In 1986, the year that Shelton resigned from Perdue and started Case Farms, he gave a keynote address at the International Poultry Trade Show. It was a time of change: new mass market products such as nuggets, fingers and buffalo wings — along with health concerns over red meat — had made chicken a staple of American diets. With more women working, families no longer had time to cut up whole chickens. To meet the growing demand, Shelton told the audience, poultry plants would have to become more automated, and they would also need lots of labor.

Shelton was the kind of manager who could recite the details involved in every step of production, from the density of breeding cages to the number of birds processed per man-hour. He set about maximizing line speeds at Case Farms, buying additional family-owned operations and implementing modern factory practices. Today, the company’s four plants — Morganton and Dudley, in North Carolina, and Canton and Winesburg, in Ohio — employ more than 3,000 people.

Winesburg, the home of Shelton’s first plant, is a small community in the middle of Amish country. Even today, it’s not uncommon for drivers to yield for horse-drawn buggies or to see women in long dresses and bonnets carrying goods home from Whitmer’s General Store. Before Shelton bought the plant, it had employed mostly young Amish women and Mennonites. But, as the company expanded, it stopped recognizing Amish holidays and began hiring outside the insular community. “The Amish fathers found the urban newcomers objectionable because of such things as coarse slogans on T-shirts, vulgarity in conversations, and ‘necking’ in the parking lot,” the company said later, in federal court filings. The Amish workers left Case Farms, and, almost immediately, the company had trouble finding people who were willing to work under its poor conditions for little more than minimum wage. It turned first to the residents of nearby Rust Belt cities, which had fallen on hard times following the collapse of the steel and rubber industries. Turnover was high. About 25 to 30 of its 500 employees left every week.

Four years before Osiel lost his leg, OSHA inspectors saw Case Farms employees standing on top of machines to sanitize them and warned the company that somebody would get hurt.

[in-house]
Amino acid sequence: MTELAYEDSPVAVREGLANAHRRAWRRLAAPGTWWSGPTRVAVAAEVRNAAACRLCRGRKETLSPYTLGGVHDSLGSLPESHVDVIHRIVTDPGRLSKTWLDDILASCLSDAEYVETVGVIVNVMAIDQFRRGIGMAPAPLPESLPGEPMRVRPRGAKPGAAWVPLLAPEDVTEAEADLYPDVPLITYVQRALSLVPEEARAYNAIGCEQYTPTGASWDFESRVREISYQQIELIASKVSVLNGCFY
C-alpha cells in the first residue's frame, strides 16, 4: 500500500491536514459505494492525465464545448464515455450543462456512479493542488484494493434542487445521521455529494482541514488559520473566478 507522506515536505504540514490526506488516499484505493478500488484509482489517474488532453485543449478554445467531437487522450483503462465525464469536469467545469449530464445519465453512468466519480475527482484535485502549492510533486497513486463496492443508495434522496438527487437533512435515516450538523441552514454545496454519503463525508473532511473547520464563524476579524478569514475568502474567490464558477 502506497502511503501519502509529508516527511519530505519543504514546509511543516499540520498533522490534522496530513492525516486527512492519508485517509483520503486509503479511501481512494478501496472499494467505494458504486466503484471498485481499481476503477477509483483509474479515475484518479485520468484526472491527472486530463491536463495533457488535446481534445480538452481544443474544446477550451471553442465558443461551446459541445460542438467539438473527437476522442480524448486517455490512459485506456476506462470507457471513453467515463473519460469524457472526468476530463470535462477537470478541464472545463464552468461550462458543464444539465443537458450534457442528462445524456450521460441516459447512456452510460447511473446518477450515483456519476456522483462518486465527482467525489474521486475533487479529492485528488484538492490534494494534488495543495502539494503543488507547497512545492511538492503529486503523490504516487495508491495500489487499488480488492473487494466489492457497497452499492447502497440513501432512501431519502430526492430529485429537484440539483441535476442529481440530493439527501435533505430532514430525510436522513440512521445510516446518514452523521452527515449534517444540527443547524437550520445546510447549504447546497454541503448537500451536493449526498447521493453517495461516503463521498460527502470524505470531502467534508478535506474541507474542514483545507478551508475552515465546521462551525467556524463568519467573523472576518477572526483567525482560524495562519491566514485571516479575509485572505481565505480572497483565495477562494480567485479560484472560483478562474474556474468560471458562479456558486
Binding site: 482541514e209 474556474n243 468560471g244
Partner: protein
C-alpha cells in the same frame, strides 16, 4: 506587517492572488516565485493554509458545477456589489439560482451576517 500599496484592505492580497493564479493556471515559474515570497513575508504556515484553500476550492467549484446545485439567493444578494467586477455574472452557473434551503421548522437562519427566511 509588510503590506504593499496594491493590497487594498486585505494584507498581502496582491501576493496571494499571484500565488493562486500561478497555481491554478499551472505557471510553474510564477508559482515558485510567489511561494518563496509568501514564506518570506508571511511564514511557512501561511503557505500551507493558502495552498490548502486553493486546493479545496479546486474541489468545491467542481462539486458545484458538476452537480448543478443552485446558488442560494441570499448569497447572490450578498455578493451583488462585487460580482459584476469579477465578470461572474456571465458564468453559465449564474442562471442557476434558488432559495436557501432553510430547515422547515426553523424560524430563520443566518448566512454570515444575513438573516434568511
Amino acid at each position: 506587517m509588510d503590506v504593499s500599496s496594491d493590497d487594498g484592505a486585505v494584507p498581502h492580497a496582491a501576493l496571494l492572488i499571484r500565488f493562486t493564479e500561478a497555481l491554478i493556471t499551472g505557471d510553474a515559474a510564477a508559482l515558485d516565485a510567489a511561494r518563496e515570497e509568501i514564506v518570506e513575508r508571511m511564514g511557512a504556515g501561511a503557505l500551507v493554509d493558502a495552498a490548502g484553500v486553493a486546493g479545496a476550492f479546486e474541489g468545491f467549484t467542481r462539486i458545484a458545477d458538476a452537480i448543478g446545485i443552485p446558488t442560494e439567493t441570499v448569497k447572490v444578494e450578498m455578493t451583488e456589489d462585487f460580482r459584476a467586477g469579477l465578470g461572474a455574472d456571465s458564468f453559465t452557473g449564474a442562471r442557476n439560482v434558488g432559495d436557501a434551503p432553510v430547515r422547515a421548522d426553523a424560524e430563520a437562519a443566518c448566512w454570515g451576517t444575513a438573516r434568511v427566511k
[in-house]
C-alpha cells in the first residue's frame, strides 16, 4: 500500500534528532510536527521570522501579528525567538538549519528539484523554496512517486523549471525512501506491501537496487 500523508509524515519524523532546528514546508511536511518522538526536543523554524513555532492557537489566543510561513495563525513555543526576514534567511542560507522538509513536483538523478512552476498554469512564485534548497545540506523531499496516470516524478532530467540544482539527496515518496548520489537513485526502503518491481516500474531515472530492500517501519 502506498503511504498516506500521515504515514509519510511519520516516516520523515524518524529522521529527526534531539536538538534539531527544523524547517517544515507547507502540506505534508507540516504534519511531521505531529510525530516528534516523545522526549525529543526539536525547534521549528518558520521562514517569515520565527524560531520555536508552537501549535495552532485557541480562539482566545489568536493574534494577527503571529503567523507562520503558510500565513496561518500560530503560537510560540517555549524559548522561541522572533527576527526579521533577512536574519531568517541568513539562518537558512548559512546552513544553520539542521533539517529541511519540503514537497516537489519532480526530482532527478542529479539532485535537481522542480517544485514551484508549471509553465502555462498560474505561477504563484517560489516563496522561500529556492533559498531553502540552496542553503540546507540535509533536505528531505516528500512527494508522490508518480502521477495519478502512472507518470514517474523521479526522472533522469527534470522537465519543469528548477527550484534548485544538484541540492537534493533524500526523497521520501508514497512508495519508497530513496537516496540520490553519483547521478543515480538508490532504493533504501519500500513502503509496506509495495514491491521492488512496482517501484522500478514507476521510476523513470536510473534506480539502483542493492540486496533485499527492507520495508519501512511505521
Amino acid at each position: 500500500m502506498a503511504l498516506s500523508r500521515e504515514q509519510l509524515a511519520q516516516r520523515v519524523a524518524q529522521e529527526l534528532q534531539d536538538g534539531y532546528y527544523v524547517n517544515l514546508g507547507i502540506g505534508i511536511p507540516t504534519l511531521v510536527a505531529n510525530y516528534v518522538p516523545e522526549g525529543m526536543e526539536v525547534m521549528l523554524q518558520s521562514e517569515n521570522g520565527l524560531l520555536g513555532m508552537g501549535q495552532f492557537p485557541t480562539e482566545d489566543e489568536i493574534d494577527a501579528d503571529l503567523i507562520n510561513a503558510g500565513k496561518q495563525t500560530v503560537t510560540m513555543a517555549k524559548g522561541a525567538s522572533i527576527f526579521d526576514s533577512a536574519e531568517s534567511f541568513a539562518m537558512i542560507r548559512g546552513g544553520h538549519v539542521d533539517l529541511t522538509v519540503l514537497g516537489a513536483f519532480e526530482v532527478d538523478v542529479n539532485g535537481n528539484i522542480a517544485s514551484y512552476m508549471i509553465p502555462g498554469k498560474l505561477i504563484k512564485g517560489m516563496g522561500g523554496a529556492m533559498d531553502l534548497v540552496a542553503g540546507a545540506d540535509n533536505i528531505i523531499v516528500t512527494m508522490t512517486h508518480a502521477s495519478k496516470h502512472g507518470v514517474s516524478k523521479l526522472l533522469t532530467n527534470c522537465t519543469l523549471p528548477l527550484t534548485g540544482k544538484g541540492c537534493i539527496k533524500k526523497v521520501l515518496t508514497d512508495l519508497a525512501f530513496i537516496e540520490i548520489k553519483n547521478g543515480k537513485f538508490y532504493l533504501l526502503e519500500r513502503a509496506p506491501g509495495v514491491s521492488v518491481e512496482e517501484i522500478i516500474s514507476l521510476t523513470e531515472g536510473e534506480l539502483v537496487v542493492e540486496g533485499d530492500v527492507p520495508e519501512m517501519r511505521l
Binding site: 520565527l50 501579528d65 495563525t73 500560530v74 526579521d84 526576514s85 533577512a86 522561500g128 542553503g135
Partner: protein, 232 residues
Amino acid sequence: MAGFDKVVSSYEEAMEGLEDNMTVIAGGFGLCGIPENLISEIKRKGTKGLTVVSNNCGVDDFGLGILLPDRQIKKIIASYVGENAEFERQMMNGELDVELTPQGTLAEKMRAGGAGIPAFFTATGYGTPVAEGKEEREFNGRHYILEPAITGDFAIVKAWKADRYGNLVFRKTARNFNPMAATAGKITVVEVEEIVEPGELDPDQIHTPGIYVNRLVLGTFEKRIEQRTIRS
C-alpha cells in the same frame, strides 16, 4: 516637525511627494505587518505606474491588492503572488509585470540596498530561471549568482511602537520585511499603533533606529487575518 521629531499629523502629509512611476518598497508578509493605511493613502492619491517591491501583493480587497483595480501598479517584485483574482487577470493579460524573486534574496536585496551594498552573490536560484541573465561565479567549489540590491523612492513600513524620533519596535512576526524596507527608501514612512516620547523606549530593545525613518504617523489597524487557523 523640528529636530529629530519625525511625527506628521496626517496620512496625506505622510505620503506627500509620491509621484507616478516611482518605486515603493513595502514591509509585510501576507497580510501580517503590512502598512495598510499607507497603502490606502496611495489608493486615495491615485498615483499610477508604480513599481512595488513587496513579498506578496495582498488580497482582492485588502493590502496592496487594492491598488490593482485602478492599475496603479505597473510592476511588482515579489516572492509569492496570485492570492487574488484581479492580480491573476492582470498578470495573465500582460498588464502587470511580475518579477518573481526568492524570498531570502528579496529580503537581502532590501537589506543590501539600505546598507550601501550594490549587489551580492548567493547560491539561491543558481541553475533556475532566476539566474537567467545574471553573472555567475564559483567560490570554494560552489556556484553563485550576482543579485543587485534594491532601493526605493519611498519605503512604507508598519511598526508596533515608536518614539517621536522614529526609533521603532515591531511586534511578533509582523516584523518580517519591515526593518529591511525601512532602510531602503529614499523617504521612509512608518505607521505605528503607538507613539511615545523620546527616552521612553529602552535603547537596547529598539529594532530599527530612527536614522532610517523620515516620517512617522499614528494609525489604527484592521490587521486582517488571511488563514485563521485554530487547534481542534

Scrambling to find workers in the late 1980s and early ’90s, Case Farms sent recruiters across the country to hire Latino workers. Many of the new arrivals found the conditions intolerable. In one instance, the recruiters hired dozens of migrant farmworkers from border towns in Texas, offering them bus tickets to Ohio and housing once there. When workers arrived, they encountered a situation that a federal judge later called “ wretched and loathsome.” They were packed in small houses with about 20 other people. Although it was the middle of winter, the houses had no heat, furniture or blankets. One worker said that his house had no water, so he flushed the toilet with melted snow. They slept on the floor, where cockroaches crawled over them. At dawn, they rode to the plant in a dilapidated van whose seating consisted of wooden planks resting on cinder blocks. Exhaust fumes seeped in through holes in the floor. The Texas farmworkers quit, but by then Case Farms had found a new solution to its labor problems.

One spring night in 1989, a Case Farms human resources manager named Norman Beecher got behind the wheel of a large passenger van and headed south. He had gotten a tip about a Catholic church in Florida that was helping refugees from the Guatemalan civil war. Thousands of Mayans had been living in Indiantown after fleeing a campaign of violence carried out by the Guatemalan military. More than 200,000 people, most of them Mayan, were killed or forcibly disappeared in the conflict. A reportcommissioned by the United Nations described instances of soldiers beating children “ against walls or throwing them alive into pits,” and covering people “ in petrol and burning them alive.” In 1981, in a village of Aguacatán, where many Case Farms workers come from, soldiers rounded up and shot 22 men. They then split their skulls and ate their brains, dumping the bodies into a ravine.

Through the years, the United States had supported Guatemala’s dictators with money, weapons, intelligence and training. Amid the worst of the violence, President Reagan, after meeting with General Efraín Ríos Montt, told the press that he believed the regime had “ been getting a bum rap.” The administration viewed the Guatemalan refugees as economic migrants and Communist sympathizers — threats to national security. Only a handful received asylum. The Mayans who made it to Florida had limited options.